Talk about going from bad to worse. If  Diane, Francisco Costa, Michael Kors, etc. (all who have switched to this venue for their fall 2014 showings), think this an improvement, I have news for them. It isn’t. (In the case of Francisco, who always showed in a West 39th Street ground floor space, he started using Spring Studios last season). It sort of reminds me of the days long ago, when the fashion flock was routinely getting stuck in elevators, plaster was falling from the ceiling, and show attendees were scrambling from one showroom to another all over town. Fashion Week was then organized and centralized to make things easier and smoother. It seems we’ve come full circle and nowadays, centralization (and Lincoln Center) is perceived as uncool and unhip. Maybe the thinking is that if you show in a hip place like Tribeca, that will automatically impart a certain "je ne sais quoi"  to your label. And perhaps, the more out of the way and hard to get to, the better. I think people just don’t realize what they have until they no longer have it. For me, heading back up to West 26th Street for Ralph Rucci at 8 PM, and having to take the subway as there were no cabs on what turned out to be a snowy Sunday evening, I longed for seasons past when both designers showed at Lincoln Center. Okay, so I got that off my chest.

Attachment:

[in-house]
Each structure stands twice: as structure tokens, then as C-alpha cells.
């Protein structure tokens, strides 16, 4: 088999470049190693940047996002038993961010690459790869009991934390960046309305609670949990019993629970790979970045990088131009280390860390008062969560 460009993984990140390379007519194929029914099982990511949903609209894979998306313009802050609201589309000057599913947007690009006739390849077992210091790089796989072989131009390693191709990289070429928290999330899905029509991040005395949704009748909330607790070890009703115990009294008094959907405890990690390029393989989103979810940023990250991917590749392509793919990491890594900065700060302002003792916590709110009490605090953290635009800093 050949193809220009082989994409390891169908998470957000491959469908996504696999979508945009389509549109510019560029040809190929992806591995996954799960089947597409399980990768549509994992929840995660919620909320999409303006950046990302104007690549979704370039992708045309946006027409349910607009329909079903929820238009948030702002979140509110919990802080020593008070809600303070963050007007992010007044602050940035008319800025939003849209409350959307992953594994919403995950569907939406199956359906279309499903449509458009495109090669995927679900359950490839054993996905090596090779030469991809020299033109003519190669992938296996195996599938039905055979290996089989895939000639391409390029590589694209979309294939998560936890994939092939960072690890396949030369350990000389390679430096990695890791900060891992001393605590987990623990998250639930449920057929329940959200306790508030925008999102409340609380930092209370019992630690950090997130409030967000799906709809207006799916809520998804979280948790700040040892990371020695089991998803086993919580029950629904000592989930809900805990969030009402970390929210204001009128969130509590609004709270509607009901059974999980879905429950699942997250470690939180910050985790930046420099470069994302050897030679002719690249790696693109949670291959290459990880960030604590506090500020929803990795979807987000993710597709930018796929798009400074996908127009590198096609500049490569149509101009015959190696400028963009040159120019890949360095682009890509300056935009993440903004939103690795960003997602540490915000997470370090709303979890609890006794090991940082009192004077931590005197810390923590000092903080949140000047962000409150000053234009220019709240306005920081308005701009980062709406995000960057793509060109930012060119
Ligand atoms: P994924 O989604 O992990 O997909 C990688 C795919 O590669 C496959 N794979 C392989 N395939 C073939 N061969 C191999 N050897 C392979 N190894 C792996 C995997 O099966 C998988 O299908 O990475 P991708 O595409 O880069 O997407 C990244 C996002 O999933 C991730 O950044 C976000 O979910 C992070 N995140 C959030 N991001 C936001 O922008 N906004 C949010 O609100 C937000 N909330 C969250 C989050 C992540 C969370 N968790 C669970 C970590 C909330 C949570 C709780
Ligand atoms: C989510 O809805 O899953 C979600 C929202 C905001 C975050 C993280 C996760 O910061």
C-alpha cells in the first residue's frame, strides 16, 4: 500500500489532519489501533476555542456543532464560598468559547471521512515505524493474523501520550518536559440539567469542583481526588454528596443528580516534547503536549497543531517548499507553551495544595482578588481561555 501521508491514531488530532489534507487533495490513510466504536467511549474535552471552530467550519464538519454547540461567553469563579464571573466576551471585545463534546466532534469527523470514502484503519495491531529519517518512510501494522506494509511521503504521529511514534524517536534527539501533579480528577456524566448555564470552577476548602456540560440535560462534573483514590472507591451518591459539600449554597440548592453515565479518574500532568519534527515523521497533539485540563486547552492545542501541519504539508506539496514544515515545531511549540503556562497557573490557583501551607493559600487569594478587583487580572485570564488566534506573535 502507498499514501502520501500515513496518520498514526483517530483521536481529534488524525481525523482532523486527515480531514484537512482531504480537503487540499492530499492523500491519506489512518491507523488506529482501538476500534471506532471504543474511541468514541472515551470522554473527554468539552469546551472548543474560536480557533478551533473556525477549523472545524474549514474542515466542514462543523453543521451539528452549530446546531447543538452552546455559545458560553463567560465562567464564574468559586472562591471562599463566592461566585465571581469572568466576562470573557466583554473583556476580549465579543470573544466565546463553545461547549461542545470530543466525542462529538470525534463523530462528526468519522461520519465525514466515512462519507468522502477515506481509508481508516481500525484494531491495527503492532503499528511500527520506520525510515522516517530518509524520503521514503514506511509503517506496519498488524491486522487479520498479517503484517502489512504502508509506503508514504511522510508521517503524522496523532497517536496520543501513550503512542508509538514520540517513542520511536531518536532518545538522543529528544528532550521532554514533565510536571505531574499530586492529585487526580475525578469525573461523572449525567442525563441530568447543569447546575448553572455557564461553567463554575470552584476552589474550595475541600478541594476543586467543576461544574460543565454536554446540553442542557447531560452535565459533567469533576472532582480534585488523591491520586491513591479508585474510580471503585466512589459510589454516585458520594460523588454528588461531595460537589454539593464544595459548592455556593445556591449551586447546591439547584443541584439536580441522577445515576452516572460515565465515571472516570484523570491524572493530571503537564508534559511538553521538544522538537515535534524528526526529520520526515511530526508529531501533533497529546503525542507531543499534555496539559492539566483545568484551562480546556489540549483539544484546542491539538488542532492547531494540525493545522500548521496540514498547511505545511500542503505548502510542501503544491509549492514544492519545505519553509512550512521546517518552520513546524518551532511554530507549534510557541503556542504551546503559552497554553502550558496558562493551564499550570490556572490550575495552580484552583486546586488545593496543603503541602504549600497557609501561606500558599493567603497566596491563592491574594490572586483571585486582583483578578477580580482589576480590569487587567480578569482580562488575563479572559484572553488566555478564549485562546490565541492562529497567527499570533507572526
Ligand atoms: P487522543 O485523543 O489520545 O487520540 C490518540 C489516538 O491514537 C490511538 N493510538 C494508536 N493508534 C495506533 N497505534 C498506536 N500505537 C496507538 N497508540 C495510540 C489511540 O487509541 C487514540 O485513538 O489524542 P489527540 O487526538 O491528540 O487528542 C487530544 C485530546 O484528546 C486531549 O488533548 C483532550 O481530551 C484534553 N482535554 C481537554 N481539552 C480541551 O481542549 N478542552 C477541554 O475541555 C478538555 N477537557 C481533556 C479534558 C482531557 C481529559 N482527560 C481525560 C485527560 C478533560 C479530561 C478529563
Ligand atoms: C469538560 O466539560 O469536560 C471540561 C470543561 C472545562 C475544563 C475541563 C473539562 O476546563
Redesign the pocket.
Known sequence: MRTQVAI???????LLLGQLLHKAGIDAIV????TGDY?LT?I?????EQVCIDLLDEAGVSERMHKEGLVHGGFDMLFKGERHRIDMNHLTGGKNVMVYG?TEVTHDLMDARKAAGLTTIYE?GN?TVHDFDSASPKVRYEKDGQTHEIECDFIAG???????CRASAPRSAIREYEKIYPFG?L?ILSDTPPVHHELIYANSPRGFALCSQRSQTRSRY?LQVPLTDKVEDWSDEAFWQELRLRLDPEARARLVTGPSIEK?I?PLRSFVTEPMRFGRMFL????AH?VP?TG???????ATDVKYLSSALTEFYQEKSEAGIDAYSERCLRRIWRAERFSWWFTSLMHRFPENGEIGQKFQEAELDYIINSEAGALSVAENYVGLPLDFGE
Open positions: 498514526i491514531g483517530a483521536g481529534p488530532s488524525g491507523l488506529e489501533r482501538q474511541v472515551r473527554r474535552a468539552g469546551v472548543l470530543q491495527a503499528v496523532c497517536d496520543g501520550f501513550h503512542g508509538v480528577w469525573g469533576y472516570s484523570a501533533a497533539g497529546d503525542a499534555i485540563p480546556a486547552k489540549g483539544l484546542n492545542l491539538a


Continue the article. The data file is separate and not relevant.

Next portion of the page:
Delpozo embroidered dress

Coincidentally, my day started out by being crammed in an elevator (a nightmare for me as I keep saying), but things were quite different; I was heading to see the fall collection of Spanish label Delpozo, at the Skylight Limited on West 55th Street. The bright open lobby was quite serene and uncrowded and the elevator ride to the sprawling 37th floor was mercifully quick. The view from the massive floor to ceiling windows on what was a bright sunny morning was spectacular and I could almost see my apartment which is near the World Trade Center. More importantly, the show, which included music from a live band called Cuddle Magic (they are six multi-instrumentalist singers and songwriters who like to play quietly and close together which is why they are called Cuddle Magic) was and unlike anything else that has been shown thus far. Creative Director Joseph Font, a former haute couture couturier, may not be a household name, but is gearing up to become one. He was recently profiled in The Wall Street Journal, “Behind Delpozo's Growing Cachet Spanish Brand Leaps Onto Global Fashion Stage” by Christina Binkley.